The Commerce Department today revised down its estimate for second quarter gross domestic product from 2.4 percent to 1.6 percent. This is not a sign of a weakening economy but a weak economy last spring. The weakness was especially pronounced as the bulk of what growth did occur was due to a building of inventories and a temporary (and now apparently reversed) blip in home sales.
Most of the data since the second quarter ended—from industrial orders to labor markets to housing—has worsened further. What we are seeing is an economy that tried to recover last winter, slowed, and is now sliding steadily to stagnation. Not yet a recession, it is certainly the Obama slide.
The great American jobs machine has stalled. Whether it revives anytime soon or continues to flounder is the 7-millions-jobs question. What is certain is that the economy should be steadily strengthening. The basic forces of growth and prosperity remain in place, much as they have always been. But something is holding the economy back. That something is Washington.
The key factor that always escapes the economic models—and is now missing from the economy—is confidence. The inherent, pervasive optimism that traditionally propels investment and saving, hiring, and extra effort is simply missing. The federal government spent enormous sums to spur the economy. The American people were never comfortable with the associated buildup in the national debt, but they were willing to give the new President and his Congress the benefit of the doubt. They hoped. They were misled. It failed. Now the hope has been replaced by worry, and Washington continues to give reason to worry.
In addition to a big stimulus program, Obama ran on the idea of heaping new taxes on upper-income taxpayers, including those small businesses he says (correctly) are critical to the recovery. Congress did nothing. And so as 2011 creeps over the horizon, so too does a massive tax hike on middle-class families, upper-income workers, small businesses, savers, family farms, and on an on. Having done nothing about this tax cut for the last nearly two years, all these prospective tax hike victims can only assume that Congress intends to hit them with the full tax hike from allowing the 2001 and 2003 tax relief to expire.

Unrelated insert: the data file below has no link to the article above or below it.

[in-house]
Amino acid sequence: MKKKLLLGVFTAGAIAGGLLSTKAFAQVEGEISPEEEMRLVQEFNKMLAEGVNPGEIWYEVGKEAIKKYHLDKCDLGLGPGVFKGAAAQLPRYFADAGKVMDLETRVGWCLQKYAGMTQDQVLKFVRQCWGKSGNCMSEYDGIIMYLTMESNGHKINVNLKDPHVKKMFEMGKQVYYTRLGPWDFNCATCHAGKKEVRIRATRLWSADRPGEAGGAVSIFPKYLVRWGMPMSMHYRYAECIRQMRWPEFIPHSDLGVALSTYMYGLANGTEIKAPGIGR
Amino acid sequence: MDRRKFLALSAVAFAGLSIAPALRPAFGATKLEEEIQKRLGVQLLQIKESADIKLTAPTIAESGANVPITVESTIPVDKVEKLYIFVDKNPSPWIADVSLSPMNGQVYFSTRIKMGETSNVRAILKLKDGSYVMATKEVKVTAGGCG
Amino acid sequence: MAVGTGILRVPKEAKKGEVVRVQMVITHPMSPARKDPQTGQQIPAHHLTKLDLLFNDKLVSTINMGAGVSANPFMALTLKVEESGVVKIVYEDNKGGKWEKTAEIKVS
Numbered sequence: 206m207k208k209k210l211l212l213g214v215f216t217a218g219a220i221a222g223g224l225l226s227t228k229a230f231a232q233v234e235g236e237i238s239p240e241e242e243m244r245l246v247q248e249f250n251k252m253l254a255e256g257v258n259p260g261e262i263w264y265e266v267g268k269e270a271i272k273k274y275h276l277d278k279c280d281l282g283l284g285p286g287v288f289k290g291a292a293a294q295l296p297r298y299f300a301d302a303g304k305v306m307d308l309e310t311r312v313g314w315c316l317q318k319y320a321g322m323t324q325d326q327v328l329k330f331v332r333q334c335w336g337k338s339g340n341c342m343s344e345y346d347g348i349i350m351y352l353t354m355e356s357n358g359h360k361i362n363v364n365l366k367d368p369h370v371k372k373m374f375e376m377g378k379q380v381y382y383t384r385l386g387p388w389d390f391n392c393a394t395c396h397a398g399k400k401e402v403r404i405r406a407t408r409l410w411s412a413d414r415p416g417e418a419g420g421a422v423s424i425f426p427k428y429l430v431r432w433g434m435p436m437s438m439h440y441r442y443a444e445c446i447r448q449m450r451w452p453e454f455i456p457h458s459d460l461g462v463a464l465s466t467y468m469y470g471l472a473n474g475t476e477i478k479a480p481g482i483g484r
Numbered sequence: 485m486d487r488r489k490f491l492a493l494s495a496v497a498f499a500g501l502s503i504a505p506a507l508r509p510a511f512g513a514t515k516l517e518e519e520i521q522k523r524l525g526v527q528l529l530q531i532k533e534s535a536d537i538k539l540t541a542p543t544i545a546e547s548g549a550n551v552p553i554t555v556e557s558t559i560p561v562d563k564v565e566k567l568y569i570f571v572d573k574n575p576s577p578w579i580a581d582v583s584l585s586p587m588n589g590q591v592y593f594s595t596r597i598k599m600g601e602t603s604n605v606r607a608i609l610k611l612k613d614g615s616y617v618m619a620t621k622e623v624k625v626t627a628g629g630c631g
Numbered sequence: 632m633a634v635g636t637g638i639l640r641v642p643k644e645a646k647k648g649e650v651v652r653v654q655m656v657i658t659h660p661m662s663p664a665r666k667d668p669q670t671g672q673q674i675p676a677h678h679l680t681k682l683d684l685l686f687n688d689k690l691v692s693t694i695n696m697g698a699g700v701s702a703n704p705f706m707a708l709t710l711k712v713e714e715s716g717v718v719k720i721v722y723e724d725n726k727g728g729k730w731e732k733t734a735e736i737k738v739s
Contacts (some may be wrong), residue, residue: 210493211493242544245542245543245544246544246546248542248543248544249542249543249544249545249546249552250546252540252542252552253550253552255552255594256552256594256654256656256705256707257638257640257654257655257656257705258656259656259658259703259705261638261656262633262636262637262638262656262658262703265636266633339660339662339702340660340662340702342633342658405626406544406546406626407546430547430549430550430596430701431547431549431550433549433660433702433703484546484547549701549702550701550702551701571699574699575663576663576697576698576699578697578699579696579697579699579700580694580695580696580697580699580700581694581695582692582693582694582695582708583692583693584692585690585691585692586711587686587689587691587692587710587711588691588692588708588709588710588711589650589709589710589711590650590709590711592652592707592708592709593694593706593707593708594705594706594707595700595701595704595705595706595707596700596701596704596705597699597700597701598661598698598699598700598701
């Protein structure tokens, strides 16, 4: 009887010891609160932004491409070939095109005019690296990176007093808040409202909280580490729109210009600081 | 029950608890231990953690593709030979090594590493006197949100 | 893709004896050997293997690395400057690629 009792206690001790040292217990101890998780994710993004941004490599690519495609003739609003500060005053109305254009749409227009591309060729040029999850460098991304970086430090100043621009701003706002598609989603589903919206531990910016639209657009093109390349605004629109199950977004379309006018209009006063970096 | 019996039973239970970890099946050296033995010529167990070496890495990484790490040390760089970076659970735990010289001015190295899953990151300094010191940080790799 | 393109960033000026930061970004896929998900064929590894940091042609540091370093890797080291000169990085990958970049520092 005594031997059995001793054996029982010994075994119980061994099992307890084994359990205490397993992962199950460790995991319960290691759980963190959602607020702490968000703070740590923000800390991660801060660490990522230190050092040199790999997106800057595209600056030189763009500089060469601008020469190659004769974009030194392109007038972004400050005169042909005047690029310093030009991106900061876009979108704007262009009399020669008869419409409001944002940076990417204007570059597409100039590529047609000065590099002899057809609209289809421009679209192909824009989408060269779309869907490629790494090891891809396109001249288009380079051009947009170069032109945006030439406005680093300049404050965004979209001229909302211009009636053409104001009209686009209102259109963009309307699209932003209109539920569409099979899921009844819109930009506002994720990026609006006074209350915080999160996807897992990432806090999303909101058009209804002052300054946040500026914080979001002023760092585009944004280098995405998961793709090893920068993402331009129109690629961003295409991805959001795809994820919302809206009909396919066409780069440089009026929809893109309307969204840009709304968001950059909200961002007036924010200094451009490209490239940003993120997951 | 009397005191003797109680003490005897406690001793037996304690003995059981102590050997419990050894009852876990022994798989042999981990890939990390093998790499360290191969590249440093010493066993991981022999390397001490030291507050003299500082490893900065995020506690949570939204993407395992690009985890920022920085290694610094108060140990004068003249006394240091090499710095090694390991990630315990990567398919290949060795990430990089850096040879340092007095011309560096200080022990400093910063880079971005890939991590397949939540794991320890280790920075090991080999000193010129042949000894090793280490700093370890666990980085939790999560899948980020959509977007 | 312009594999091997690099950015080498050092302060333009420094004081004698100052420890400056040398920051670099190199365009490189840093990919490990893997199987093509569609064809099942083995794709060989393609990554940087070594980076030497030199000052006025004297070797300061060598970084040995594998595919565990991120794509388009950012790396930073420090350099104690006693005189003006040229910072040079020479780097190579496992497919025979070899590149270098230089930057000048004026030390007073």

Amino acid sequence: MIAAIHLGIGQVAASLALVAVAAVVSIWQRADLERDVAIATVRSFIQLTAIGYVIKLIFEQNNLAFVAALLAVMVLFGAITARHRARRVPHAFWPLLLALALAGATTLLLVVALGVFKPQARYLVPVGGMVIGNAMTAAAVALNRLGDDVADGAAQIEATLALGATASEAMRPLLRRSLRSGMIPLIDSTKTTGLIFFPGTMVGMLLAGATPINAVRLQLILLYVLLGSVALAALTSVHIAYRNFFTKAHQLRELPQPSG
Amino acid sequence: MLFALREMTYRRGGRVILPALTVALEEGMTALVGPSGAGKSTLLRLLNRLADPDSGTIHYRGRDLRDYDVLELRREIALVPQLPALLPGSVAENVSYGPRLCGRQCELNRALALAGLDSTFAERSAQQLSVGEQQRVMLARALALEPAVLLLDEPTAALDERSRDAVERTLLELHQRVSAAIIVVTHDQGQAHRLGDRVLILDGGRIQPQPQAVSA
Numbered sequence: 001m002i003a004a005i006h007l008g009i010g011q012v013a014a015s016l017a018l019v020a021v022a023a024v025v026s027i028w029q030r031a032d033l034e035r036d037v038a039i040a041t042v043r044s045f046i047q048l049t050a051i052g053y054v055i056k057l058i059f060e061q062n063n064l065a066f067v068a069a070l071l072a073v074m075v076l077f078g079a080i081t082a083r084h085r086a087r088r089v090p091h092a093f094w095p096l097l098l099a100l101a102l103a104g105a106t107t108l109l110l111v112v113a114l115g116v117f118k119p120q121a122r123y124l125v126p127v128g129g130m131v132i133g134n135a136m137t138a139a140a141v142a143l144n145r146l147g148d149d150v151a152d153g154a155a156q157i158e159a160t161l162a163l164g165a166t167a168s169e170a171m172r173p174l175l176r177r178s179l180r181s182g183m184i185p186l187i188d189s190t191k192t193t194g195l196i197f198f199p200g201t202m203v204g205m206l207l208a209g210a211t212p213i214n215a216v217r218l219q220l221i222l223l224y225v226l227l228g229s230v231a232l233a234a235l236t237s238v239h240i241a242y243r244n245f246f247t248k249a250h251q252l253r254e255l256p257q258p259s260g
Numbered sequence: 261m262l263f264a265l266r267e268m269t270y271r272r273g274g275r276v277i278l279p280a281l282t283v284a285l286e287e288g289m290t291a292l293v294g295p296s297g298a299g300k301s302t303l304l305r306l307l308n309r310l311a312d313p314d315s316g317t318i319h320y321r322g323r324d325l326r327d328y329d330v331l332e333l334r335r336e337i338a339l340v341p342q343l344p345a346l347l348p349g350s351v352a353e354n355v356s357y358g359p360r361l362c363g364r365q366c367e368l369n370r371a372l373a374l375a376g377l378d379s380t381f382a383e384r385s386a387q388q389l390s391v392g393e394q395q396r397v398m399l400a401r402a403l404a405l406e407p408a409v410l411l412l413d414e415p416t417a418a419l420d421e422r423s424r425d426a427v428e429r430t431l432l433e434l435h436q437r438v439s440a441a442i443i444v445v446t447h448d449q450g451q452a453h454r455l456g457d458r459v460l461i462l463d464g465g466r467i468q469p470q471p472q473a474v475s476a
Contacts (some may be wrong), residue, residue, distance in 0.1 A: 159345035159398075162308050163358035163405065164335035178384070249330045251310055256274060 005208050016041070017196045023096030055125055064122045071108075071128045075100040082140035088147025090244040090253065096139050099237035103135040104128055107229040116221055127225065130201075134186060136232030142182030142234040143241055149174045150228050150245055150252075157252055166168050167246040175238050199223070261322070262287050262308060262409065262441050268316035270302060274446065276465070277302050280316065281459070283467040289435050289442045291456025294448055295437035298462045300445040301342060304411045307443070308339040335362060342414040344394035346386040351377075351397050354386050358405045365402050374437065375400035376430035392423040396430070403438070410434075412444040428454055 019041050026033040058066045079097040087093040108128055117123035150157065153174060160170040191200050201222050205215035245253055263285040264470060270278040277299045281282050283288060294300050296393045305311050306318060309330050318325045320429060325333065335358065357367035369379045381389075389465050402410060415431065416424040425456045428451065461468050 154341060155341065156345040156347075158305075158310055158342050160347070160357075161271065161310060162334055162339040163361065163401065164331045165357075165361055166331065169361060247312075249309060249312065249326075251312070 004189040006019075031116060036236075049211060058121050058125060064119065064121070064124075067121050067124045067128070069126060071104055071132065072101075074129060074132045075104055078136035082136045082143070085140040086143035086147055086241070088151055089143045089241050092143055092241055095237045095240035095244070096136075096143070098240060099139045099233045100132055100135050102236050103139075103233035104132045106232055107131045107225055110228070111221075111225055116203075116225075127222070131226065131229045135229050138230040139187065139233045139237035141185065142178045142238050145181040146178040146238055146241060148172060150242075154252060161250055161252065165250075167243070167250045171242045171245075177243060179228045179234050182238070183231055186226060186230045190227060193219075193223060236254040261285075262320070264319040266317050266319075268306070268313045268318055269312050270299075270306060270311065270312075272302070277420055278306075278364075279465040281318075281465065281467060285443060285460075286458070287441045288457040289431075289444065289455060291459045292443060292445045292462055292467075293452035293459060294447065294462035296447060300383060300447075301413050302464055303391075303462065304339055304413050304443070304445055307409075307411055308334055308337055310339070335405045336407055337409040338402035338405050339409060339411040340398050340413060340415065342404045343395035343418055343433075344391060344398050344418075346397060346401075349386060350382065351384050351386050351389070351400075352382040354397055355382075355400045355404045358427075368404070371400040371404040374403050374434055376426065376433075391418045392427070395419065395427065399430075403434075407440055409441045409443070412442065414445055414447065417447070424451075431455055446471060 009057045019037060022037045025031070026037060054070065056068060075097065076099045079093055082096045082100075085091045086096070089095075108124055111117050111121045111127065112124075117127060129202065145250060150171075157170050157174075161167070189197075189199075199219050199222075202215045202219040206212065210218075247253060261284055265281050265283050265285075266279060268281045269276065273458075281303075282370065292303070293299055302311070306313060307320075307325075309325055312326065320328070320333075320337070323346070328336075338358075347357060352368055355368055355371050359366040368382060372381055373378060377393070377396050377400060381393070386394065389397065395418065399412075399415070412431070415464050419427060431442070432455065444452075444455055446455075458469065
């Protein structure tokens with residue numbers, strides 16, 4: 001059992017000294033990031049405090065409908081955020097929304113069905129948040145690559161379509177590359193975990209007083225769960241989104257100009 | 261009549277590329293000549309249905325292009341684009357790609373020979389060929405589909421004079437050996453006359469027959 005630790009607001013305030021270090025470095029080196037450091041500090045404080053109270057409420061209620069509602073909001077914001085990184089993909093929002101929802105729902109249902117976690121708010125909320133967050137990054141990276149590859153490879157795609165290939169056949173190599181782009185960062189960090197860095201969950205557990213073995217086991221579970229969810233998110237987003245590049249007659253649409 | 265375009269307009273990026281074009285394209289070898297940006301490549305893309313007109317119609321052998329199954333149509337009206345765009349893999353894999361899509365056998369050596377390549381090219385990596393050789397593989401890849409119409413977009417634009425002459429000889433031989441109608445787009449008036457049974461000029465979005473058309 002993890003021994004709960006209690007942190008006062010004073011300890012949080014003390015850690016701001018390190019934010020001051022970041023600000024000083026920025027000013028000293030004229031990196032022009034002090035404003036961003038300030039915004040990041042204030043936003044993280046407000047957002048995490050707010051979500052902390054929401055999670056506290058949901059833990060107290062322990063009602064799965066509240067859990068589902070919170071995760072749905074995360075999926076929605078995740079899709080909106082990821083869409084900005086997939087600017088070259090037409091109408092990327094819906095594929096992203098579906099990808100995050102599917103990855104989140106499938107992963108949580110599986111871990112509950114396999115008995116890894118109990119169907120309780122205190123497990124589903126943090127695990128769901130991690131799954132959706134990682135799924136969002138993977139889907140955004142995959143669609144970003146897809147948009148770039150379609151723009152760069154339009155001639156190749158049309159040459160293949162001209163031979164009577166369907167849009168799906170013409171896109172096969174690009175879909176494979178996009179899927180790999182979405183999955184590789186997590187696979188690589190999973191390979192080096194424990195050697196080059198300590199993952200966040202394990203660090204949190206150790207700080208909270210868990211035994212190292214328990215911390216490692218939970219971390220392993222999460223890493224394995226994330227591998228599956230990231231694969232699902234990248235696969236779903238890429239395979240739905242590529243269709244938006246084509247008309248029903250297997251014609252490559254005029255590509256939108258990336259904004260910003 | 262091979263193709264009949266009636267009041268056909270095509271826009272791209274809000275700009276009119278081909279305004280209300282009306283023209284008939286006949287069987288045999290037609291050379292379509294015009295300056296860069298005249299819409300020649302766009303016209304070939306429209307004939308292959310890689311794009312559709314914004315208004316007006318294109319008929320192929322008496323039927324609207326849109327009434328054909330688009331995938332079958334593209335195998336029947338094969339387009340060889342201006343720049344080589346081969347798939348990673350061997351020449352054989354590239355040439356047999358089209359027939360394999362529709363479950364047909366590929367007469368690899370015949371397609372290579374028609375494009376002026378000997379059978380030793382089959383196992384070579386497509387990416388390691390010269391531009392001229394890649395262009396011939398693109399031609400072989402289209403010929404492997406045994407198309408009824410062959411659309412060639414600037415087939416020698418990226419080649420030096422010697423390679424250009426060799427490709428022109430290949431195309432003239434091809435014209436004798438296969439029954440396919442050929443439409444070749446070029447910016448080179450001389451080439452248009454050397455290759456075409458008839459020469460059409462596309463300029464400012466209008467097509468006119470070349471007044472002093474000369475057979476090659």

The tax hike itself is bad enough, falling as it will on a stuttering economy. But the bigger issue is still confidence. There is no economic policy rationale to justify raising taxes on a weak economy. None. Yet Obama and Congress are so desperate for revenues to pay for their massive spending surge that they’re willing to raise taxes. Yes, the tax hike is foolish and unjustifiable, but far more debilitating to the confidence the economy needs to grow is what Congress’s tax policies say about its willingness to accept sustained high levels of joblessness—or, alternatively, what it says about President Obama’s understanding of how our economy really functions and what it takes to prosper. No wonder confidence is lagging. No wonder the economy is flagging. The wonder is that the President appears dead set against changing course—even in the face of the Obama slide.